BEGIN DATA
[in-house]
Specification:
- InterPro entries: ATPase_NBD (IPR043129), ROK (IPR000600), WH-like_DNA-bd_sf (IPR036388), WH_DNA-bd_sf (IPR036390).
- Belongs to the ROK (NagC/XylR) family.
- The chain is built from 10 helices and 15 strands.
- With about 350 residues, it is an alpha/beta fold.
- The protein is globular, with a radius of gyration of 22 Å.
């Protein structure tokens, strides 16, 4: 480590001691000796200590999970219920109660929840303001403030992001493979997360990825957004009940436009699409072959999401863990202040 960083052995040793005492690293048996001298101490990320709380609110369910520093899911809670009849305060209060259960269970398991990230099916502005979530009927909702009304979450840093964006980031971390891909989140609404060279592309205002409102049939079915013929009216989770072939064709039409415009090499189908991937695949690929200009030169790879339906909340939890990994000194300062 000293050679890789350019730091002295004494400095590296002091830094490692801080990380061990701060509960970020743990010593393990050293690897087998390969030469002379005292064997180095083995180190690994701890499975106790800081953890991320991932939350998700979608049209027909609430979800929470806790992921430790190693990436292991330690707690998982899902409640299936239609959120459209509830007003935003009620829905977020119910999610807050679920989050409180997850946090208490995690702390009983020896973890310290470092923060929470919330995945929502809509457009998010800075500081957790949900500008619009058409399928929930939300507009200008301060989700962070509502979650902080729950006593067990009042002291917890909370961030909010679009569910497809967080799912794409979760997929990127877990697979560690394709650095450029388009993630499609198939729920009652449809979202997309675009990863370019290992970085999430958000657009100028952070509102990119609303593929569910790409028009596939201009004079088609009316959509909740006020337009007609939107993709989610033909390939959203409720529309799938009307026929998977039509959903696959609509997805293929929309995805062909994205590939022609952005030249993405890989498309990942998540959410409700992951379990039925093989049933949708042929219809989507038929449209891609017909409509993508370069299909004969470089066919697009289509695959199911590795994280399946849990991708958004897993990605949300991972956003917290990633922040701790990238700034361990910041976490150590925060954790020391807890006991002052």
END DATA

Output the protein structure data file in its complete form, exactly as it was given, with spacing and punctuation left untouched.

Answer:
[in-house]
Specification:
- InterPro entries: ATPase_NBD (IPR043129), ROK (IPR000600), WH-like_DNA-bd_sf (IPR036388), WH_DNA-bd_sf (IPR036390).
- Belongs to the ROK (NagC/XylR) family.
- The chain is built from 10 helices and 15 strands.
- With about 350 residues, it is an alpha/beta fold.
- The protein is globular, with a radius of gyration of 22 Å.
């Protein structure tokens, strides 16, 4: 480590001691000796200590999970219920109660929840303001403030992001493979997360990825957004009940436009699409072959999401863990202040 960083052995040793005492690293048996001298101490990320709380609110369910520093899911809670009849305060209060259960269970398991990230099916502005979530009927909702009304979450840093964006980031971390891909989140609404060279592309205002409102049939079915013929009216989770072939064709039409415009090499189908991937695949690929200009030169790879339906909340939890990994000194300062 000293050679890789350019730091002295004494400095590296002091830094490692801080990380061990701060509960970020743990010593393990050293690897087998390969030469002379005292064997180095083995180190690994701890499975106790800081953890991320991932939350998700979608049209027909609430979800929470806790992921430790190693990436292991330690707690998982899902409640299936239609959120459209509830007003935003009620829905977020119910999610807050679920989050409180997850946090208490995690702390009983020896973890310290470092923060929470919330995945929502809509457009998010800075500081957790949900500008619009058409399928929930939300507009200008301060989700962070509502979650902080729950006593067990009042002291917890909370961030909010679009569910497809967080799912794409979760997929990127877990697979560690394709650095450029388009993630499609198939729920009652449809979202997309675009990863370019290992970085999430958000657009100028952070509102990119609303593929569910790409028009596939201009004079088609009316959509909740006020337009007609939107993709989610033909390939959203409720529309799938009307026929998977039509959903696959609509997805293929929309995805062909994205590939022609952005030249993405890989498309990942998540959410409700992951379990039925093989049933949708042929219809989507038929449209891609017909409509993508370069299909004969470089066919697009289509695959199911590795994280399946849990991708958004897993990605949300991972956003917290990633922040701790990238700034361990910041976490150590925060954790020391807890006991002052």